Background: Limited studies have been conducted on access to COVID-19 vaccines and identifying the most appropriate health centres for performing vaccination in metropolitan areas. This study aimed to measure potential spatial access to COVID-19 vaccination centres in Mashhad, the second-most populous city in Iran.
Methods: The age structure of the urban census tracts was integrated into the enhanced two-step floating catchment area model to improve accuracy. The model was developed based on three different scenarios: only public hospitals, only public healthcare centres, and the top 20% healthcare centres were employed as potential vaccination facilities. The weighted decision-matrix and analytic hierarchy process based on four criteria (i.e. service area, accessibility index, capacity of vaccination centres, and distance to main roads) were used to choose potential vaccination centres with the highest suitability for residents.
Results: Our findings indicate that including the both public hospitals and public healthcare centres can provide high accessibility to vaccination in central parts of the urban areas. However, using only public healthcare centres for vaccination can provide higher accessibility to vaccination sites in the eastern and north-eastern parts of the study area. Therefore, a combination of public hospitals and public healthcare centres is recommended for efficient vaccination coverage.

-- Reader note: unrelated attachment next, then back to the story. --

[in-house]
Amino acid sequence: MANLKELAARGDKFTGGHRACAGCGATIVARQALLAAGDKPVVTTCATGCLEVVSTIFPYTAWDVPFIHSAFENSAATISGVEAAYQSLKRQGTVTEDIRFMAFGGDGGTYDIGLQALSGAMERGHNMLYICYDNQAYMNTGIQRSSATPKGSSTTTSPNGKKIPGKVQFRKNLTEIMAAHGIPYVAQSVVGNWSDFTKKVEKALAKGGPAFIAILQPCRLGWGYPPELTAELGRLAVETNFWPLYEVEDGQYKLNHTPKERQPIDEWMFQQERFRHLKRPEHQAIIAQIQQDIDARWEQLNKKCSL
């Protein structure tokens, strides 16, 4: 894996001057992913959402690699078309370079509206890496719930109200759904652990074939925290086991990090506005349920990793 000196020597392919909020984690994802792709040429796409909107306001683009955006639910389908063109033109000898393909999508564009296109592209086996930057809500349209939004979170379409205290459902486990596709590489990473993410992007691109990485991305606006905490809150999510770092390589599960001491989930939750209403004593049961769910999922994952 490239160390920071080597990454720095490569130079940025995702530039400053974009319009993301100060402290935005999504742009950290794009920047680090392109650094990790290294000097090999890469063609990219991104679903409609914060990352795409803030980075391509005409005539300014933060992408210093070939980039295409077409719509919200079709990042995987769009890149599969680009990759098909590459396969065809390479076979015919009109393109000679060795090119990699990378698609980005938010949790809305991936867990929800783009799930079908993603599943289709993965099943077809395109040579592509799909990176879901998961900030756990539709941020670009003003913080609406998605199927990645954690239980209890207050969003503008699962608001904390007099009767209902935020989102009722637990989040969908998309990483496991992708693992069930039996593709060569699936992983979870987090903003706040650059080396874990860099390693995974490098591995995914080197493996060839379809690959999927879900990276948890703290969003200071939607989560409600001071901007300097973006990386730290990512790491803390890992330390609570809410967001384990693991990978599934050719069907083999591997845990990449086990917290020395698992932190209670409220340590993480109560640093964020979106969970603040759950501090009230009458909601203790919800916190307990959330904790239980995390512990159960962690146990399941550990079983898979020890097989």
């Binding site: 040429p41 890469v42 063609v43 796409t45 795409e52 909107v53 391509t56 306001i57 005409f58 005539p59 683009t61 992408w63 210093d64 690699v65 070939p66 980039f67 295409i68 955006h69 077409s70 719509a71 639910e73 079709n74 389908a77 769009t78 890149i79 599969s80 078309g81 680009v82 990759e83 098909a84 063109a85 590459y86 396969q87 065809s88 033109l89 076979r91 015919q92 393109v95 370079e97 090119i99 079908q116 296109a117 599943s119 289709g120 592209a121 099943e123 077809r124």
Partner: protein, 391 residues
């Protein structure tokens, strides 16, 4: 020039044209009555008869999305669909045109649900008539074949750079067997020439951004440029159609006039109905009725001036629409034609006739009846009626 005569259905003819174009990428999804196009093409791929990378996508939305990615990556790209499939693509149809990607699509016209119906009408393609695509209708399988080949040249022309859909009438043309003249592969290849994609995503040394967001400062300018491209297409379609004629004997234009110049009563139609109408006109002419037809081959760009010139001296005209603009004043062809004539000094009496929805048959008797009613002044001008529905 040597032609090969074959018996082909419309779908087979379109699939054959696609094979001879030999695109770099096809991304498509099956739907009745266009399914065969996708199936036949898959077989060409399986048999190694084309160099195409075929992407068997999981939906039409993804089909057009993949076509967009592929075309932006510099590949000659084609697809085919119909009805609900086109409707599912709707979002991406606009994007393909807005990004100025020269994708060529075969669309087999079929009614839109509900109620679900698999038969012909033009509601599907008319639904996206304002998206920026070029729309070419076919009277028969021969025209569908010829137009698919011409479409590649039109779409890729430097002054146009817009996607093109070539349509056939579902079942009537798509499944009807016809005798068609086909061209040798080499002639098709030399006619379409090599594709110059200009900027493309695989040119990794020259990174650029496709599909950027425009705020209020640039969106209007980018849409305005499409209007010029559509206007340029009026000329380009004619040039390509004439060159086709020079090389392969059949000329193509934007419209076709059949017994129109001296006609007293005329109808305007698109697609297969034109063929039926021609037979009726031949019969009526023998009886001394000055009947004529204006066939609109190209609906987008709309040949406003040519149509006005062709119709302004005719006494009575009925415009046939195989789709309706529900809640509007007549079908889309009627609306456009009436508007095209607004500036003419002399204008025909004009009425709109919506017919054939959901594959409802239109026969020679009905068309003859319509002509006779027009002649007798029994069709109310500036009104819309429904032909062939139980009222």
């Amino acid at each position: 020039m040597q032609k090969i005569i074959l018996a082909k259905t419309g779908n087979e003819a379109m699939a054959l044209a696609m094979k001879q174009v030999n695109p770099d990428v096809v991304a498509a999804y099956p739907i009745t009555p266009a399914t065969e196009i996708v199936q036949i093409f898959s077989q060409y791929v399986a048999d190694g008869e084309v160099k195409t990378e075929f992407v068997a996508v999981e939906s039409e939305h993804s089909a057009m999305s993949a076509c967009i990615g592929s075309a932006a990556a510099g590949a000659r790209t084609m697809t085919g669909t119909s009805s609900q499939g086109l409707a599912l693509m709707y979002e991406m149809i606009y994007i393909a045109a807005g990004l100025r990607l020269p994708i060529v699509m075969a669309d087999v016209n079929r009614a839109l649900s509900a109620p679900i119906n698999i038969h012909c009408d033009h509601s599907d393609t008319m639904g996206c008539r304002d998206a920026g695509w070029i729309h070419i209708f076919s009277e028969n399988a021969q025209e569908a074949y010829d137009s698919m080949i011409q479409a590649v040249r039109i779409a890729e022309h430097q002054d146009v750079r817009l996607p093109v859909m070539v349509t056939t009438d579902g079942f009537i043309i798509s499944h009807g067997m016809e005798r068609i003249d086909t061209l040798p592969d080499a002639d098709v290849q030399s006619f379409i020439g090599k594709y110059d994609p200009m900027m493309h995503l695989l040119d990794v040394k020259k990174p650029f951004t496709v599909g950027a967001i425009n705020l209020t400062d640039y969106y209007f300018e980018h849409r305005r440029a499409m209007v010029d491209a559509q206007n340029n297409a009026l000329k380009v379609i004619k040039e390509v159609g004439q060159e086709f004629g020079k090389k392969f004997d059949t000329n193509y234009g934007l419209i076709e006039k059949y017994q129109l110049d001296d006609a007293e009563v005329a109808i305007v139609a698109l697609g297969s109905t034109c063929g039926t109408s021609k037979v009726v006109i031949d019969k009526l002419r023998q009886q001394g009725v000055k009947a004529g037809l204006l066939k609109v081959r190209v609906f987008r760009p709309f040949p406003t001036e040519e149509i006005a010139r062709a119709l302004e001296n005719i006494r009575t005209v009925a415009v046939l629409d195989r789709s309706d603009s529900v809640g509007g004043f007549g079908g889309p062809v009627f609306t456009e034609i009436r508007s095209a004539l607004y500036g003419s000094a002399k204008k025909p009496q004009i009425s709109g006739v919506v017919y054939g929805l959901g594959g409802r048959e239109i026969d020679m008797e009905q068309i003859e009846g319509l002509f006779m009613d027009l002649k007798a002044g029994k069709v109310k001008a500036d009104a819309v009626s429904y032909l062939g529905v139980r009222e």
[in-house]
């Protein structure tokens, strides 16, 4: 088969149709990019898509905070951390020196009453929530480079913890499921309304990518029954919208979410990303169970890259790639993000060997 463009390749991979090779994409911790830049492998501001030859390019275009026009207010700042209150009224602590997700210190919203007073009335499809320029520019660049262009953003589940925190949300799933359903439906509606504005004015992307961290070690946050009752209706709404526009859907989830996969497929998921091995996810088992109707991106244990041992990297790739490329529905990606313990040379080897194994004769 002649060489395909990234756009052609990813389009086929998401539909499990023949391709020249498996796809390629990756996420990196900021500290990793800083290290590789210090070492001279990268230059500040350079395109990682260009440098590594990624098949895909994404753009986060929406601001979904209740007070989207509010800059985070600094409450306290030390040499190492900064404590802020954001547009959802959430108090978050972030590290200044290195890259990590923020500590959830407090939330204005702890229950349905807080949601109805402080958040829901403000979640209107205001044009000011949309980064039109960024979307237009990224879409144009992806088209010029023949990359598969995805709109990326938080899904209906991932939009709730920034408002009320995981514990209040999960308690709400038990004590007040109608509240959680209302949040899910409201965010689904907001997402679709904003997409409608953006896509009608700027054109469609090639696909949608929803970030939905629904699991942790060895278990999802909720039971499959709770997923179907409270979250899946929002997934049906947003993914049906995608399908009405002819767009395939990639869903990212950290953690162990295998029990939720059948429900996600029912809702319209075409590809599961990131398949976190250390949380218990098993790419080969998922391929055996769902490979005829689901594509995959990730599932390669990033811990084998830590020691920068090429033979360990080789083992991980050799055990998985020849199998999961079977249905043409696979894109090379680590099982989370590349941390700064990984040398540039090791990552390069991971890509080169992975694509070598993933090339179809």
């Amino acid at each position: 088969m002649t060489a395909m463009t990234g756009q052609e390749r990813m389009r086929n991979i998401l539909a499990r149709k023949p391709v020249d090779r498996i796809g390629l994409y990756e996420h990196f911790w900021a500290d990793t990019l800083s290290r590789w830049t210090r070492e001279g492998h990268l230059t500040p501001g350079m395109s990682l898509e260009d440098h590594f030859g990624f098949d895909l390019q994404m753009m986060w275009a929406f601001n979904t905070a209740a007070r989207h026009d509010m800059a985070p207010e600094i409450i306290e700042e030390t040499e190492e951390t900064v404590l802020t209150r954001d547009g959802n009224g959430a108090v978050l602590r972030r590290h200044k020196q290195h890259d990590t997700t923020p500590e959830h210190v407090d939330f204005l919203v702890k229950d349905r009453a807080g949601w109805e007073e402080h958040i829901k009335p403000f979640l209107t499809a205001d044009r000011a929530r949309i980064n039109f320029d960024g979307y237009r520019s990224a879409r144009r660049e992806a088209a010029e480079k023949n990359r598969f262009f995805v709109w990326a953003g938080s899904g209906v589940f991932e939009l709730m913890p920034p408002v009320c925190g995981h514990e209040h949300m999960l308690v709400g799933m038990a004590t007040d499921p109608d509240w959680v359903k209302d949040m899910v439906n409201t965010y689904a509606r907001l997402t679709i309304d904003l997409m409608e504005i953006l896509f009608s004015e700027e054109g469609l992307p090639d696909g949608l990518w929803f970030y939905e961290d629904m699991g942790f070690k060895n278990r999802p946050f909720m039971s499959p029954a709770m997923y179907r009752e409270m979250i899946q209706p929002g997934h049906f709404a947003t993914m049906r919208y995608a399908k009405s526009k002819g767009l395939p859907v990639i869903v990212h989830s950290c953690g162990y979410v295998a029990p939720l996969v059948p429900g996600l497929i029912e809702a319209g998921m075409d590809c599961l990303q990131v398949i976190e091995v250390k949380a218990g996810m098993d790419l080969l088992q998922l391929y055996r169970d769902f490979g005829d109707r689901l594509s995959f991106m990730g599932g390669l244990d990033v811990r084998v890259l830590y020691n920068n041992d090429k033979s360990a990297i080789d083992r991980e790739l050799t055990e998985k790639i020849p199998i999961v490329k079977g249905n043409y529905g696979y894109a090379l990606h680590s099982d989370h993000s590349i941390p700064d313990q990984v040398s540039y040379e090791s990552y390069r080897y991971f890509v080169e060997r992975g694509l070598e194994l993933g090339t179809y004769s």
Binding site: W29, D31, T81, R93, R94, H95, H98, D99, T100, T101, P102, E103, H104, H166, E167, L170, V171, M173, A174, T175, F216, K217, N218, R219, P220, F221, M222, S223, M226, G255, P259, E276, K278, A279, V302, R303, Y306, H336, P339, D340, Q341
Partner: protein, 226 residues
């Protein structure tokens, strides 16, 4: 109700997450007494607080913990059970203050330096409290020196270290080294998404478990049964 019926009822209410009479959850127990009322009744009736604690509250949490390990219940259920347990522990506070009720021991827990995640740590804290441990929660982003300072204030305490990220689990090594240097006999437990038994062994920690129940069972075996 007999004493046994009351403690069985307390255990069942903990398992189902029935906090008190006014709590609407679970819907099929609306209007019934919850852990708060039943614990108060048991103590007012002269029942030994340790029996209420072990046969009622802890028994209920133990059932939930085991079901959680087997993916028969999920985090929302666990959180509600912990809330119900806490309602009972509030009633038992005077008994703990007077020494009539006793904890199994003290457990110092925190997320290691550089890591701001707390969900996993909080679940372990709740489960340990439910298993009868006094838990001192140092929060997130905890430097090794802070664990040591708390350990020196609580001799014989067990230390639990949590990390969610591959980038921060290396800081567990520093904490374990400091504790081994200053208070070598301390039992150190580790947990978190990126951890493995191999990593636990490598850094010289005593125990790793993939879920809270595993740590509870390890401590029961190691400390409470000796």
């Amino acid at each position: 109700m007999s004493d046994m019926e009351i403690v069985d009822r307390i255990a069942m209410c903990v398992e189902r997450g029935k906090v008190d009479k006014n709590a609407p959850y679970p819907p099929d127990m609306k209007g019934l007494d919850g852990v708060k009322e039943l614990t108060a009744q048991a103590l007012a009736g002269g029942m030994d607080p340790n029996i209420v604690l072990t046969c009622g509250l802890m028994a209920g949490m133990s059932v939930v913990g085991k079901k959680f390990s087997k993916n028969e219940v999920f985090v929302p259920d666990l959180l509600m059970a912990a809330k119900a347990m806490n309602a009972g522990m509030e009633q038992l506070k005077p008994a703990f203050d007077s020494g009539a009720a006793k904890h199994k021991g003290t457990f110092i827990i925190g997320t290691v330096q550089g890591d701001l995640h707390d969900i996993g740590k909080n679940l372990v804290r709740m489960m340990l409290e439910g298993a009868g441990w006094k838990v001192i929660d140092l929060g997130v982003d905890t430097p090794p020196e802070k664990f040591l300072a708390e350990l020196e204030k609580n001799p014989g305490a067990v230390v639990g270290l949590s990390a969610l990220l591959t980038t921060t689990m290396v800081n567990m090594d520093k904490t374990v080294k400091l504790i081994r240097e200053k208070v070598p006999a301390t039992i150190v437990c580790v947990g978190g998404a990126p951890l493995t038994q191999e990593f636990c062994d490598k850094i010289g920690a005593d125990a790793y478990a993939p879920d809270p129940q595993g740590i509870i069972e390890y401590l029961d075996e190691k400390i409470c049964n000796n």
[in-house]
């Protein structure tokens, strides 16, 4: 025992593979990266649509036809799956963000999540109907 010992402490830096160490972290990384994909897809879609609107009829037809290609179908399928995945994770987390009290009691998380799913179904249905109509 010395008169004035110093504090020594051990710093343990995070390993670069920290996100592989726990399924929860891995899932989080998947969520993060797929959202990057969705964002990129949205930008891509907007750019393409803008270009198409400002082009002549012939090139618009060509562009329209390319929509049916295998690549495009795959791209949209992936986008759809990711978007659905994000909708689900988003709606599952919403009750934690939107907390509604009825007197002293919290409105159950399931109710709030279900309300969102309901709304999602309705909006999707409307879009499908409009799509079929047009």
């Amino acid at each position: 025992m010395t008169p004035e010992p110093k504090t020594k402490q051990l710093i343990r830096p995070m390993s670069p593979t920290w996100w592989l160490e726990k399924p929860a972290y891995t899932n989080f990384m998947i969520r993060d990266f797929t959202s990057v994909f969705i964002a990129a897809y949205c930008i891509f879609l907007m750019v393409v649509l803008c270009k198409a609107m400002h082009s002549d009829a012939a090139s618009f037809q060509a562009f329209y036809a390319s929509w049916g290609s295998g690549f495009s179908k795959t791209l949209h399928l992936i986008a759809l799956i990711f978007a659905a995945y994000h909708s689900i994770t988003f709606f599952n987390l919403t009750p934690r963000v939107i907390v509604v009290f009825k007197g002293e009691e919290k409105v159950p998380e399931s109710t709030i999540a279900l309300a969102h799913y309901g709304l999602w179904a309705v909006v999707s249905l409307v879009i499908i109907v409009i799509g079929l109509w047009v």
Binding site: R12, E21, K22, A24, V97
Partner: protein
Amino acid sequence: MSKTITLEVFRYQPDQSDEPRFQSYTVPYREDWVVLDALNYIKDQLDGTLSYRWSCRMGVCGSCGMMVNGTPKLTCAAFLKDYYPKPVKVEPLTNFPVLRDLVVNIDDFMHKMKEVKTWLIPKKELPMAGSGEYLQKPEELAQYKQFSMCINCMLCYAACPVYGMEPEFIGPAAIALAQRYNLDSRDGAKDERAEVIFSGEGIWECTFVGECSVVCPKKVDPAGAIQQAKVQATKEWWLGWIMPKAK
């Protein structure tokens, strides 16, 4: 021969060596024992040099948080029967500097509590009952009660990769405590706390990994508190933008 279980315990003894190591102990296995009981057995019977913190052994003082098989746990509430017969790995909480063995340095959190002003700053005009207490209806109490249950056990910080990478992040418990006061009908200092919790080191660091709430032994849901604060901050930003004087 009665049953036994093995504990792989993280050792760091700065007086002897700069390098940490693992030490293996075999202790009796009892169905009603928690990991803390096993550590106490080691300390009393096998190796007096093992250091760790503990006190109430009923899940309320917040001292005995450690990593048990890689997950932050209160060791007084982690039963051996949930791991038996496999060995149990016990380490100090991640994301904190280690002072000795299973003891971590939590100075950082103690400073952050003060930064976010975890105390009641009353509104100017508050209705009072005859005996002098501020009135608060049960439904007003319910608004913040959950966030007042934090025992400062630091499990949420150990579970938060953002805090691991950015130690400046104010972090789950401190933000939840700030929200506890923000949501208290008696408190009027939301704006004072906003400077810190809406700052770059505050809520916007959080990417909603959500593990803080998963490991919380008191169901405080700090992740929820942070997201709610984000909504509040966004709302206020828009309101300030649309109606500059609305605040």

Conclusions: Measuring spatial access to COVID-19 vaccination centres can provide valuable insights for urban public health decision-makers. Our model, coupled with geographical information systems (GIS), provides more efficient vaccination coverage by identifying the most suitable healthcare centres, which is of special importance when only few centres are available.